As if in a daze, he got out of the car and walked stiff-legged along the walk leading to the rear of the house. He stopped and surveyed the ruins of a patio, a patio he was sure he had built. Foot-high grass stuck up between the bricks of the deck, and one of the roof supports had been knocked, or blown, down, and the translucent roof hung at a crazy angle. The back door had boards nailed across it, and all the back windows were covered with plywood. He went to what he was sure was the kitchen window and tried to pull off a corner of the plywood. Though the panel seemed insecure, his tugging merely broke a corner off the board and did not expose any window area. He sat down at the decrepit picnic table in which all the nail heads seemed to be standing half an inch above the boards. The slanting roof protected him from the direct sun as he slowly surveyed the weed patch that the back yard had somehow been transformed into. He could see the brick outlines of flower beds, and he was positive that the yard had contained a carefully tended flower garden. He could almost picture the flowers, but he could not decide if he had been the gardener.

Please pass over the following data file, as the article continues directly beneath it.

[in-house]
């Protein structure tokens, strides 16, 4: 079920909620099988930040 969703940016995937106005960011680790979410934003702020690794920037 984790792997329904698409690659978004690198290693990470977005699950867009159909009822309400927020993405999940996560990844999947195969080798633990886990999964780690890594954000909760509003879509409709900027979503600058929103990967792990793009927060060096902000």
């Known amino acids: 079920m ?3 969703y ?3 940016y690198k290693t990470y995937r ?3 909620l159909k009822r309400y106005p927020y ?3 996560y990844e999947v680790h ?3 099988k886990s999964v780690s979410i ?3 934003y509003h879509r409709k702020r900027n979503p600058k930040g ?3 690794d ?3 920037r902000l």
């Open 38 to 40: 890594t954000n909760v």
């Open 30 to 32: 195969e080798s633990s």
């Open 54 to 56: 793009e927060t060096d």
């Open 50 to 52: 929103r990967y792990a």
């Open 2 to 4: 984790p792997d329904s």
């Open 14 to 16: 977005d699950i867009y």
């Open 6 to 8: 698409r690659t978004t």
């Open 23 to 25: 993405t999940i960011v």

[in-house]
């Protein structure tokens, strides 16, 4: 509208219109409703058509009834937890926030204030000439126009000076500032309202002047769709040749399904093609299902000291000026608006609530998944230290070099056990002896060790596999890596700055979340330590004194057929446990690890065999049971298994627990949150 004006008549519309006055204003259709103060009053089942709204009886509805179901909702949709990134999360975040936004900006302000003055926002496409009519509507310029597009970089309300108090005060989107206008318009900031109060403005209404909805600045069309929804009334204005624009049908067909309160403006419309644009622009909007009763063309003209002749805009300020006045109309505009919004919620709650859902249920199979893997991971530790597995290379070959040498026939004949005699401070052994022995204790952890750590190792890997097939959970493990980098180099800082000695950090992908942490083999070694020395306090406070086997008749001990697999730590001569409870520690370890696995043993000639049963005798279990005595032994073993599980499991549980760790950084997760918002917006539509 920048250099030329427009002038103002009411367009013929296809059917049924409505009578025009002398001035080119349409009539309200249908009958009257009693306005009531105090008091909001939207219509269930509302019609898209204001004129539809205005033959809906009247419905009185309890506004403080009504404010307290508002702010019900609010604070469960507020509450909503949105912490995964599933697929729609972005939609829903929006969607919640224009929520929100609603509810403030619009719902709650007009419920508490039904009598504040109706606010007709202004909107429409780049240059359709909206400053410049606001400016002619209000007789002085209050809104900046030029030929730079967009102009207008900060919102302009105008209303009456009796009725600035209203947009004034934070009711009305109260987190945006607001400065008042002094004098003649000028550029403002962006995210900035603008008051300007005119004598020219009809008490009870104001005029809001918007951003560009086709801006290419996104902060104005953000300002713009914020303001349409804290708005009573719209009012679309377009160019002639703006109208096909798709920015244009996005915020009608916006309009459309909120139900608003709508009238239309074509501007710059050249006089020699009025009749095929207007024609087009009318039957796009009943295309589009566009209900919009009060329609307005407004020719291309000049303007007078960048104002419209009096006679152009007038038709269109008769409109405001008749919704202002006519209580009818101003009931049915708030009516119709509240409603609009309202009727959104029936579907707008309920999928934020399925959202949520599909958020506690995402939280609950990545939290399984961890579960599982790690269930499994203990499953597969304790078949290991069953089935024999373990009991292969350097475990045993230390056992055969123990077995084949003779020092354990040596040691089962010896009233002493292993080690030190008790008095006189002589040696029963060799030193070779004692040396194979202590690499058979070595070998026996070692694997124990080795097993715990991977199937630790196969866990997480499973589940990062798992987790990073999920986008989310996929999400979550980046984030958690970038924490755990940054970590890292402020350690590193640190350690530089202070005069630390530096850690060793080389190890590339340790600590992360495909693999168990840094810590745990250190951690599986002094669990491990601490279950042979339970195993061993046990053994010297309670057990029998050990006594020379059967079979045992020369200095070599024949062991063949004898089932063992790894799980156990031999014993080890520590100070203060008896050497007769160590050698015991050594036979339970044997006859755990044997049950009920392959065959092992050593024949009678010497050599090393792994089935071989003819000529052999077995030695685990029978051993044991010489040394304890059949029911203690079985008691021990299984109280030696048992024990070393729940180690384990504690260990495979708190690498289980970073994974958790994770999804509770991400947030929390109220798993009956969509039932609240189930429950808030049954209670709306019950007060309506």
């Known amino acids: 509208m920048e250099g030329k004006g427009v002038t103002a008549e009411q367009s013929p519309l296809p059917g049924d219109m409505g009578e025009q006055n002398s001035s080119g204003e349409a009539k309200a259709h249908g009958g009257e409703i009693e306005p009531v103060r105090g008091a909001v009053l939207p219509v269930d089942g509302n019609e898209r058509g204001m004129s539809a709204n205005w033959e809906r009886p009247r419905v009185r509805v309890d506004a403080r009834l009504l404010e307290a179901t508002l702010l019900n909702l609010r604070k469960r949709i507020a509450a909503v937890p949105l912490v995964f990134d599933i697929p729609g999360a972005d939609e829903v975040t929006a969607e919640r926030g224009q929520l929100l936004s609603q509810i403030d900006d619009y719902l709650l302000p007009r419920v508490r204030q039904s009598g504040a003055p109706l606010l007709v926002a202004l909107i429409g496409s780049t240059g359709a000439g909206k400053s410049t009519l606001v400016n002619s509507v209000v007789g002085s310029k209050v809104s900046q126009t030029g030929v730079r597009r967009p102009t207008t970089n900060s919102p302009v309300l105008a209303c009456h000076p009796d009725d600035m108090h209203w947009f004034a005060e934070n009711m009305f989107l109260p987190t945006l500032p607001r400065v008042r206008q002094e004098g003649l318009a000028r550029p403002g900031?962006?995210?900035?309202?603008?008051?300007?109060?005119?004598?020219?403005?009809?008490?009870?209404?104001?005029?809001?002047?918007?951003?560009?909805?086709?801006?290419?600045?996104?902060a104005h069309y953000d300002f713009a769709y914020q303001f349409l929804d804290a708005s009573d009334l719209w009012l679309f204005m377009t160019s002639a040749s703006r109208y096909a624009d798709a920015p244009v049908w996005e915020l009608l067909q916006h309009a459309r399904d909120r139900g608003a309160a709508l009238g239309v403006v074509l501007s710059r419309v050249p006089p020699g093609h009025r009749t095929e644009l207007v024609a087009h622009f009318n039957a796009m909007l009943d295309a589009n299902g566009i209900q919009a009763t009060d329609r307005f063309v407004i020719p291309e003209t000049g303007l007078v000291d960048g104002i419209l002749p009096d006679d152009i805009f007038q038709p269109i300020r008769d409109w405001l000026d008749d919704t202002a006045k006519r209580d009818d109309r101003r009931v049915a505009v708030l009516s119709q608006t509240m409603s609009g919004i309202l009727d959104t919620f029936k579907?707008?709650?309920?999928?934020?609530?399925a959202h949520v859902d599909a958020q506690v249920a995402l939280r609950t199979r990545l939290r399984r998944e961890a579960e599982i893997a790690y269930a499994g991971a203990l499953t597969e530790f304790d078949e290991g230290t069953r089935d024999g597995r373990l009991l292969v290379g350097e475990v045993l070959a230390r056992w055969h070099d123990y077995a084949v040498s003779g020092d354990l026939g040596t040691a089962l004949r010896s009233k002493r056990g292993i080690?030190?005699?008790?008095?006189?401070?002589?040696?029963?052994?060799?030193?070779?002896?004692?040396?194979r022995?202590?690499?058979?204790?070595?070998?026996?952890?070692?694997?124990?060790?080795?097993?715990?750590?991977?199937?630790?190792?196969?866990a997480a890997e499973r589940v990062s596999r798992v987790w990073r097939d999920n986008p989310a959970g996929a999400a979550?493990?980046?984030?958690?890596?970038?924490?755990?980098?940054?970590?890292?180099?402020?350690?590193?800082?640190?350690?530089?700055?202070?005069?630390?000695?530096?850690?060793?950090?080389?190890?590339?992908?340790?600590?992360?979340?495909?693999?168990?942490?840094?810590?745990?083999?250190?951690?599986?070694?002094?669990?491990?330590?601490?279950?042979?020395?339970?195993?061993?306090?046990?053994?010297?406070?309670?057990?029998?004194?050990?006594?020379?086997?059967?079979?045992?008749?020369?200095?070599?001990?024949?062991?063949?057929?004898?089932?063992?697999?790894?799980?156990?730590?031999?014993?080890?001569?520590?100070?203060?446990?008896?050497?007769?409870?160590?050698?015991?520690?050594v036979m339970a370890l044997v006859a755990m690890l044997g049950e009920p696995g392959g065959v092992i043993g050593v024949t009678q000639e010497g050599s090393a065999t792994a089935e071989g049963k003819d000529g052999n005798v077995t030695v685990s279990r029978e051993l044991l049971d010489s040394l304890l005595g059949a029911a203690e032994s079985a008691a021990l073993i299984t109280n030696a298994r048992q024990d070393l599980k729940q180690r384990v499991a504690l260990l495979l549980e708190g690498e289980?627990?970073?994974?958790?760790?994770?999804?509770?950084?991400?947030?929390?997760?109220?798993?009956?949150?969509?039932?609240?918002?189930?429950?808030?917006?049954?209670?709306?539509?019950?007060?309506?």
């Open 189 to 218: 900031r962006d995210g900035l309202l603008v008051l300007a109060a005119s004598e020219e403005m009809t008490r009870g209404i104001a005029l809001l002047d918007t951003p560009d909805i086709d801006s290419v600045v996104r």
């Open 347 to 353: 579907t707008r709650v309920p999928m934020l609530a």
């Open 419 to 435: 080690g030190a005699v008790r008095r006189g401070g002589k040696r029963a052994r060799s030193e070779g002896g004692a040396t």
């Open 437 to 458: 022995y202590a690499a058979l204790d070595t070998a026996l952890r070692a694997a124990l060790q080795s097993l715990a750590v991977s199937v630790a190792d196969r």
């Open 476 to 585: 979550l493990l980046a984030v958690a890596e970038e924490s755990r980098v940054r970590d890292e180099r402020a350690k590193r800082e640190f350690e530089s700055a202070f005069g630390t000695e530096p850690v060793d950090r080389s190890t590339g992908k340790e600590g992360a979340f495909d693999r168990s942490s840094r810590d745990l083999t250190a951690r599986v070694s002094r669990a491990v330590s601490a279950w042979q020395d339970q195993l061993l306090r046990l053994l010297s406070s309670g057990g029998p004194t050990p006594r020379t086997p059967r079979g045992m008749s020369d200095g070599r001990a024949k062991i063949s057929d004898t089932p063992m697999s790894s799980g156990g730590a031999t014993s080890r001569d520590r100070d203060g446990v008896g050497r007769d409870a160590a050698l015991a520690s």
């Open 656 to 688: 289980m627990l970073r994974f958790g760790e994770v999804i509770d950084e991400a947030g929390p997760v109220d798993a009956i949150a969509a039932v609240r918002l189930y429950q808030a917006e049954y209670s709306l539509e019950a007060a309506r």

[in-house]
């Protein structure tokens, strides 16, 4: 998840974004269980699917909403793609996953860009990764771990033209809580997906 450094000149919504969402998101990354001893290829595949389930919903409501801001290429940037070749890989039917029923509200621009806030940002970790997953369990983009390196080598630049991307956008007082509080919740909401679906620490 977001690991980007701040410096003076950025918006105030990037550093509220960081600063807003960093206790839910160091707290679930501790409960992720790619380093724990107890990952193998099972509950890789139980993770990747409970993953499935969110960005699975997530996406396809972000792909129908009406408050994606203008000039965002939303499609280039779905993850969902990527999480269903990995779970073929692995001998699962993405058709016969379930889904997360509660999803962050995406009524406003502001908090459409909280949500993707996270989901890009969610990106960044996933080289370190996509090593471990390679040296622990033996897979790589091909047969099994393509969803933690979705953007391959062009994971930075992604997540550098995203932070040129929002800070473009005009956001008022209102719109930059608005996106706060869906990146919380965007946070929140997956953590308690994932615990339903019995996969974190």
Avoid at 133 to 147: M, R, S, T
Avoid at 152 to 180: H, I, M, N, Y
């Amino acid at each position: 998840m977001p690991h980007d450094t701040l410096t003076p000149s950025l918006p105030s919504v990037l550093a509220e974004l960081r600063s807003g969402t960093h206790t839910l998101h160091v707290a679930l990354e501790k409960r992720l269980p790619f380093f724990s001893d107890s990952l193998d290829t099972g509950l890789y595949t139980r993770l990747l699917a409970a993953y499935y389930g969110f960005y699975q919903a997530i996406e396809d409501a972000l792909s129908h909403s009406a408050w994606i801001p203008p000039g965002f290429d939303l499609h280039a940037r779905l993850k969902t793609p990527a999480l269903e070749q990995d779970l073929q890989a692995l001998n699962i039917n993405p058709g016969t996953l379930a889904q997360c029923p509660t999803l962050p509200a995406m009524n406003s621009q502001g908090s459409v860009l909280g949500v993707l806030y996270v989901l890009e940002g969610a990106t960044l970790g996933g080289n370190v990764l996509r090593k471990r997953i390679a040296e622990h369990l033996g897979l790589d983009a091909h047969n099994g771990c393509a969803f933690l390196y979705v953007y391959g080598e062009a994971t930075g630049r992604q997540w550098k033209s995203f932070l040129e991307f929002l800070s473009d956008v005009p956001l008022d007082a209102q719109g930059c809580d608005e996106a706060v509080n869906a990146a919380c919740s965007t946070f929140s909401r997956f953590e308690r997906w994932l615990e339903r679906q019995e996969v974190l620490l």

He felt light headed, nauseated, and very much afraid. He rested his elbows on the table and supported his chin in both hands. He was very much aware of the unfamiliar feel of his beard.
“Sir?” Startled, he turned his head to see a policeman standing about ten feet away at the corner of the house. He wore a uniform of light blue trousers and a short-sleeved shirt open at the neck, but a heavy badge glittered in the sun, and his belt was weighted down with handcuffs and a revolver. He was a blond giant who looked too young to be a policeman, but his air of authority was unmistakeable.
As he continued, without answering, to stare at the policeman as if he were an incomprehensible apparition, a slight wariness appeared in the policeman’s manner and his right hand hovered near his revolver while with his left he pointed to what appeared to be a miniature television camera at the intruder.
“Sir,” he said, “may I ask what you are doing here?”